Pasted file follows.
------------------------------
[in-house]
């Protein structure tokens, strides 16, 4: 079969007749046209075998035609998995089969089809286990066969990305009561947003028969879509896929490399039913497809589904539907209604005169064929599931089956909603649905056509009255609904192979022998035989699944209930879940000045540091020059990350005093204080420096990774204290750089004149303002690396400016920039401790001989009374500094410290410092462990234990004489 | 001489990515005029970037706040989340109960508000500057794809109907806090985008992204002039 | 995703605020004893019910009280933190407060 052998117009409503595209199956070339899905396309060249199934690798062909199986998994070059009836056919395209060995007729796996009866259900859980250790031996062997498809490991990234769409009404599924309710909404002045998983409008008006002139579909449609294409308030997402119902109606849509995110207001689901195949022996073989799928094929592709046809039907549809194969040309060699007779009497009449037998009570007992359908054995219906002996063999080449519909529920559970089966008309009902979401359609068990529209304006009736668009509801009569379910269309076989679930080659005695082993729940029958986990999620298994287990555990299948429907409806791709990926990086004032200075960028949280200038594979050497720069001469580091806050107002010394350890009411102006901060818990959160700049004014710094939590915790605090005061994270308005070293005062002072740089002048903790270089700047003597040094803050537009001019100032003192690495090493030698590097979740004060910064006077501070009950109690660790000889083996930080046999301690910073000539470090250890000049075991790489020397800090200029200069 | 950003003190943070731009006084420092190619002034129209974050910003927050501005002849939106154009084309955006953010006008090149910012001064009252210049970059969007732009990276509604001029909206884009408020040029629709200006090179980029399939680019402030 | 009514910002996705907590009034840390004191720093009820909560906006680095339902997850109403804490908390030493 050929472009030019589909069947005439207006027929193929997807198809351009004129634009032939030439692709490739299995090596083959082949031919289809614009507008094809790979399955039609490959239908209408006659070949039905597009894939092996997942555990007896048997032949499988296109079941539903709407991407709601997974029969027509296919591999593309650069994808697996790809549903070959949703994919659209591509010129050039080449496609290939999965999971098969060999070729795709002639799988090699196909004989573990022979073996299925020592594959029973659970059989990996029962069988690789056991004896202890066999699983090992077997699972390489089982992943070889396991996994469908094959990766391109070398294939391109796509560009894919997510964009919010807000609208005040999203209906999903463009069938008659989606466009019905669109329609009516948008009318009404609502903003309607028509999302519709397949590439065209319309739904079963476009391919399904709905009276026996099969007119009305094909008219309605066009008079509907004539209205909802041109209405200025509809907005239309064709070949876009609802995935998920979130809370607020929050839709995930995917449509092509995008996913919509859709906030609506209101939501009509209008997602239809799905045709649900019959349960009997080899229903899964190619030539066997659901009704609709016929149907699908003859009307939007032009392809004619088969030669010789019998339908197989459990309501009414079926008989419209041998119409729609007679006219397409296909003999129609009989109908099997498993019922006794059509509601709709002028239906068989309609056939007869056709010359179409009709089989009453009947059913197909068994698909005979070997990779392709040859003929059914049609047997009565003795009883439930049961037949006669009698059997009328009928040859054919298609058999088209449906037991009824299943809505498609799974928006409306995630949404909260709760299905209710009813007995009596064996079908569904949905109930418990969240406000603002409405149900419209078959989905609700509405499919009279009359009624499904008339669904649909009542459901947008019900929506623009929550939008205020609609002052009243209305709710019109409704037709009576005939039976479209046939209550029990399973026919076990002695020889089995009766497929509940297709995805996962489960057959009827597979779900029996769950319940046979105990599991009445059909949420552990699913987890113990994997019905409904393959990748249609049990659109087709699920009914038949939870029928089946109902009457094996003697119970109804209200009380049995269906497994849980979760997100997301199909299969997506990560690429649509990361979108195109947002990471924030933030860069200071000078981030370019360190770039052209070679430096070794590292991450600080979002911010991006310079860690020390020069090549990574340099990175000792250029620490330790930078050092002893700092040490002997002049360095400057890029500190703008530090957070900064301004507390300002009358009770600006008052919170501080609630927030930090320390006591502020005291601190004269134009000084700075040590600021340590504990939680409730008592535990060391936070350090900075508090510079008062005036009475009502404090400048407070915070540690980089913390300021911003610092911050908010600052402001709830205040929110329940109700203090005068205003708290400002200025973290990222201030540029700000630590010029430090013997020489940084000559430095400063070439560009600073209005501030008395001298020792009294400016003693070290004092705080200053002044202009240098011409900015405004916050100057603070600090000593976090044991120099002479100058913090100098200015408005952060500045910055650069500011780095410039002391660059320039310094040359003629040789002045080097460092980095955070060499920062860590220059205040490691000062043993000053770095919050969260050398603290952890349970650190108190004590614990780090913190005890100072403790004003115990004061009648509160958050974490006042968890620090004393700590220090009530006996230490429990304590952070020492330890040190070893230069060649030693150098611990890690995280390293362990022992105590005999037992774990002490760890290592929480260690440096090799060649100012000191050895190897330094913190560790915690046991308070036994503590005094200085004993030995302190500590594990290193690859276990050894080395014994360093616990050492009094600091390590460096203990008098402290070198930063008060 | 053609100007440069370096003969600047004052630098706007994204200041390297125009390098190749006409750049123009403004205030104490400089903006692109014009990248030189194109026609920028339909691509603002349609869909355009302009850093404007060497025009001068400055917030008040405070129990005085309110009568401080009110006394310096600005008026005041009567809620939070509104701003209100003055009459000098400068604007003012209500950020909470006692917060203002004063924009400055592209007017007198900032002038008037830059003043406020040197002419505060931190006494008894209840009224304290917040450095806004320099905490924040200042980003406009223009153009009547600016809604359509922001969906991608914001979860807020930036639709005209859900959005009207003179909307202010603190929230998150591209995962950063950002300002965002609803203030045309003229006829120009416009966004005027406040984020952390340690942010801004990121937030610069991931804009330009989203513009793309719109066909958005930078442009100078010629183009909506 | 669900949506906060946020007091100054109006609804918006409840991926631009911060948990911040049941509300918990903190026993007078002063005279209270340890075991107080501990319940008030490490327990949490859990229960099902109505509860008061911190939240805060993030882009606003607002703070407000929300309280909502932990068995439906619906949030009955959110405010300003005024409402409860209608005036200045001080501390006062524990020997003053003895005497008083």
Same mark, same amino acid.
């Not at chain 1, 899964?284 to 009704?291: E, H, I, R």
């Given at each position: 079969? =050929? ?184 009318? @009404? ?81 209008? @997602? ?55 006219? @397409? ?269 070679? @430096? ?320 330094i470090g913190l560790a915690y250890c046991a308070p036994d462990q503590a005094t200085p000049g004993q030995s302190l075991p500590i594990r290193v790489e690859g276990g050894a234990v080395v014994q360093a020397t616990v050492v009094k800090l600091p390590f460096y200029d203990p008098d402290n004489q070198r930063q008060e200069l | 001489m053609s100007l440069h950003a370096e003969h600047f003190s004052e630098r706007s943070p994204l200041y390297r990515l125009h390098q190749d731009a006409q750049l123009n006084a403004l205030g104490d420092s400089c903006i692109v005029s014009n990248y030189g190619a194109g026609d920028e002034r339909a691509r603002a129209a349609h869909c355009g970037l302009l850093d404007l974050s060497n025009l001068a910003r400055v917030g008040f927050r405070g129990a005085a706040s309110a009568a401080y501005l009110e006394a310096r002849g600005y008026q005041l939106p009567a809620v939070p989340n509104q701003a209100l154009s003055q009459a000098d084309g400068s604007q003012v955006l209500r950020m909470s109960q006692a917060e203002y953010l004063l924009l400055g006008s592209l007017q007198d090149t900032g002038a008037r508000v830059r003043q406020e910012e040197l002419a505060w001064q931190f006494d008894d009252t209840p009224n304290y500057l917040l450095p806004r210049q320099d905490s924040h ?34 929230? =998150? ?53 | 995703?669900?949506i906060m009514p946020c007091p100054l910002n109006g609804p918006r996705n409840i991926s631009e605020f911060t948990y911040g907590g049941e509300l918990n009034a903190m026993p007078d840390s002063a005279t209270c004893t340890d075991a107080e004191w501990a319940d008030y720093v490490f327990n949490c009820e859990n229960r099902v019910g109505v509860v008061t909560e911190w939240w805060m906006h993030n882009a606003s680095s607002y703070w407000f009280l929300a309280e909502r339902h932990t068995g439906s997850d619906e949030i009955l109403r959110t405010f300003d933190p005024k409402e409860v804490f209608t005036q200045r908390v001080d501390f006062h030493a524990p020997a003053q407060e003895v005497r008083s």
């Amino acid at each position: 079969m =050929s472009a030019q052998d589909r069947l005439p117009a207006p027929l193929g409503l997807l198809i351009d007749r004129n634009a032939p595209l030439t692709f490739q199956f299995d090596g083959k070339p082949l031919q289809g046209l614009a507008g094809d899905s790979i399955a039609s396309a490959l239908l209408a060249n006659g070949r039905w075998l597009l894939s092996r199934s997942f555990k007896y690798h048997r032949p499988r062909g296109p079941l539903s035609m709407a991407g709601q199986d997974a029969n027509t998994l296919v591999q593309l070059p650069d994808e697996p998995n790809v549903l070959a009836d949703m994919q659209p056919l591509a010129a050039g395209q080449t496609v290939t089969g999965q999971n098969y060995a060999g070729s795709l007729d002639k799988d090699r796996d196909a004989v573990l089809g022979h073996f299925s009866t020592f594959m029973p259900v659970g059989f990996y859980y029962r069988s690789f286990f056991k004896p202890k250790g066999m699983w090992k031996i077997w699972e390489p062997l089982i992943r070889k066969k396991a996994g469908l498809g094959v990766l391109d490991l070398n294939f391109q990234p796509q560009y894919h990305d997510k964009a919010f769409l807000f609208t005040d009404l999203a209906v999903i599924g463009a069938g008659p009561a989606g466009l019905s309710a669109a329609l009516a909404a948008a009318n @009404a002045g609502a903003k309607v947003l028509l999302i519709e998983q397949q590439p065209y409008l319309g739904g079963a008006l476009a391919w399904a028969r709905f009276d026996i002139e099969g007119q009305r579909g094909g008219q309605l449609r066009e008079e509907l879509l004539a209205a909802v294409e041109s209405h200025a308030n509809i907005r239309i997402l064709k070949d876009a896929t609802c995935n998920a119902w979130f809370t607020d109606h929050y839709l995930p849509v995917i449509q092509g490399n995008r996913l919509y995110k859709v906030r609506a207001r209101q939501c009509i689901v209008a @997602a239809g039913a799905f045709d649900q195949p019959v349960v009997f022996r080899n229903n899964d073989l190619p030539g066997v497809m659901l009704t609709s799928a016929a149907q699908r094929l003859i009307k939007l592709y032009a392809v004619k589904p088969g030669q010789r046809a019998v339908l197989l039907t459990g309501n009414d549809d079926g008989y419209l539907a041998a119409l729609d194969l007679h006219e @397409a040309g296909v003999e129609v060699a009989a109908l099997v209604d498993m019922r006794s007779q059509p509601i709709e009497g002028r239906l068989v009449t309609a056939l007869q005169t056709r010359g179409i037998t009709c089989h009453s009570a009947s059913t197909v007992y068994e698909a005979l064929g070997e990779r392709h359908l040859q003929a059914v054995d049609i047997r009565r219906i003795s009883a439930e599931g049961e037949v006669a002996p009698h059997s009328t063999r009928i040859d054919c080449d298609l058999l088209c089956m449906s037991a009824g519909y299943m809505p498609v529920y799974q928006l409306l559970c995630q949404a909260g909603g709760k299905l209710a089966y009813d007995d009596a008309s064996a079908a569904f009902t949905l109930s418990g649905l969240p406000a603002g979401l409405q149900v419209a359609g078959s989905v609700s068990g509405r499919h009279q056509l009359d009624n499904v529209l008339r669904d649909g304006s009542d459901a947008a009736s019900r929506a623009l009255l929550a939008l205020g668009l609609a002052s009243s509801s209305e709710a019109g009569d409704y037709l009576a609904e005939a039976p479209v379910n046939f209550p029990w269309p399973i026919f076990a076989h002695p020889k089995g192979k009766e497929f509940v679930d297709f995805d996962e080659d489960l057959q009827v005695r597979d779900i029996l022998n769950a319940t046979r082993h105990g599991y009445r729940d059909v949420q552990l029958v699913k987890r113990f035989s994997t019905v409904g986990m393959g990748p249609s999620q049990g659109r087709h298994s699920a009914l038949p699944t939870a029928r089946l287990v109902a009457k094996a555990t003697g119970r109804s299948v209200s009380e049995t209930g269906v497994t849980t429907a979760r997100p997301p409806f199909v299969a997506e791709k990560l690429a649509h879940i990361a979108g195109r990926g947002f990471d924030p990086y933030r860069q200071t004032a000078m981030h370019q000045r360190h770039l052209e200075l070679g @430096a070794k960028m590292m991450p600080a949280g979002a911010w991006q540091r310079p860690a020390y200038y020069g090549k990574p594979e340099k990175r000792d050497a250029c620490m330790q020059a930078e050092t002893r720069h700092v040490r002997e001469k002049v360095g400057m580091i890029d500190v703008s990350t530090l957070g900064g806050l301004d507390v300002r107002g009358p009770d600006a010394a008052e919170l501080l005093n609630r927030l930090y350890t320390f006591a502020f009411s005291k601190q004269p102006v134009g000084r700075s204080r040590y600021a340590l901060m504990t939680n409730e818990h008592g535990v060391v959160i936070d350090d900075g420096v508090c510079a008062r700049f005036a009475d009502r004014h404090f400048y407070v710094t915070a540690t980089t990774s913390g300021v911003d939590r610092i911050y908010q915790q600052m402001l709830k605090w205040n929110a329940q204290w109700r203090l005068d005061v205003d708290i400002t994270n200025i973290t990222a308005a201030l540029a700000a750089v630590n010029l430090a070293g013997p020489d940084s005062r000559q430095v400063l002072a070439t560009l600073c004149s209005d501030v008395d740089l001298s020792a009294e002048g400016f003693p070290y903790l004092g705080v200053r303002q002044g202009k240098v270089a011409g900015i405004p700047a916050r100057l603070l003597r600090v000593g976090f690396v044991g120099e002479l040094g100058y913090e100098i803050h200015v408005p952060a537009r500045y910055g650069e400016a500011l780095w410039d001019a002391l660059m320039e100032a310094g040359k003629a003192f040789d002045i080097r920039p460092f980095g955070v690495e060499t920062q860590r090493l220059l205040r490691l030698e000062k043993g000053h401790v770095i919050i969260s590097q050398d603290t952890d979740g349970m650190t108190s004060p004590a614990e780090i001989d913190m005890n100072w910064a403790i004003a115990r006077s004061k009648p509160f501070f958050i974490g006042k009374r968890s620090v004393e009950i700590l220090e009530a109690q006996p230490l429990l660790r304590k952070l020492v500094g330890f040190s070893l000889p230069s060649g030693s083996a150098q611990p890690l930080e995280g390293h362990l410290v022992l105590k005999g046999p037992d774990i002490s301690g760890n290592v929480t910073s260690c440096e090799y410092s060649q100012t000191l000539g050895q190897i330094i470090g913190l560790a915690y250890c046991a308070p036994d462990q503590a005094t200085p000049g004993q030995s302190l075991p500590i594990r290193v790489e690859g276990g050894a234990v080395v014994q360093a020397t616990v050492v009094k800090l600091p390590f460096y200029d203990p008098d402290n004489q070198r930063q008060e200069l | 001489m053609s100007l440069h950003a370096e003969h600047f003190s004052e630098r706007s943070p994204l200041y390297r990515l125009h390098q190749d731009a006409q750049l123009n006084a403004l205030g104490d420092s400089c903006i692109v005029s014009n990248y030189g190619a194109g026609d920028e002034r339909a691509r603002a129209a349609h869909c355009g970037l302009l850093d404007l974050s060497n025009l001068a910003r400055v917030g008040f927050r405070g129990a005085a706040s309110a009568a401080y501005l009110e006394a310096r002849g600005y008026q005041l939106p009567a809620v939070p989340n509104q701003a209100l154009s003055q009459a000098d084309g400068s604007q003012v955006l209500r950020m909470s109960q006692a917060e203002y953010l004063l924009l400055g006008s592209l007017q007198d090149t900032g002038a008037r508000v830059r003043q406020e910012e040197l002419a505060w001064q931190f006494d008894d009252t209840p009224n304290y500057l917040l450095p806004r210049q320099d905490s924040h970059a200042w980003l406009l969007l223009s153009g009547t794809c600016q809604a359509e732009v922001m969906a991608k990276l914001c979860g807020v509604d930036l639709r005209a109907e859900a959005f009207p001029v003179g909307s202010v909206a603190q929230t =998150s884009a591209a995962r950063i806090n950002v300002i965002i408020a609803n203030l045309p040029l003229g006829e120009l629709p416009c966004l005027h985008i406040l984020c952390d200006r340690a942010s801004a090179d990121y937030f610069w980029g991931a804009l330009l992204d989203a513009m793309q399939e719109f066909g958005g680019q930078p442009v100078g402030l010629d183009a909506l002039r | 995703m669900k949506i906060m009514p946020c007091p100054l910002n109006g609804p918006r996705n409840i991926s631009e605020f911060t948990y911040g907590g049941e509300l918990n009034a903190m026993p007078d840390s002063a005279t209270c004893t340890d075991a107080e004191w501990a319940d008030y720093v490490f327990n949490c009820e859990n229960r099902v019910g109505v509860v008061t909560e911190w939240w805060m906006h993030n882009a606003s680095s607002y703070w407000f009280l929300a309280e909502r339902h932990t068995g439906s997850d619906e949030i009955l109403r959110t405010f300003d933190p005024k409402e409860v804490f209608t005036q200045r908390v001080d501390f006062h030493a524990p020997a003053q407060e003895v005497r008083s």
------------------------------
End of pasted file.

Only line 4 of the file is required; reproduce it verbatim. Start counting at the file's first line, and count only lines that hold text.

């Not at chain 1, 899964?284 to 009704?291: E, H, I, R």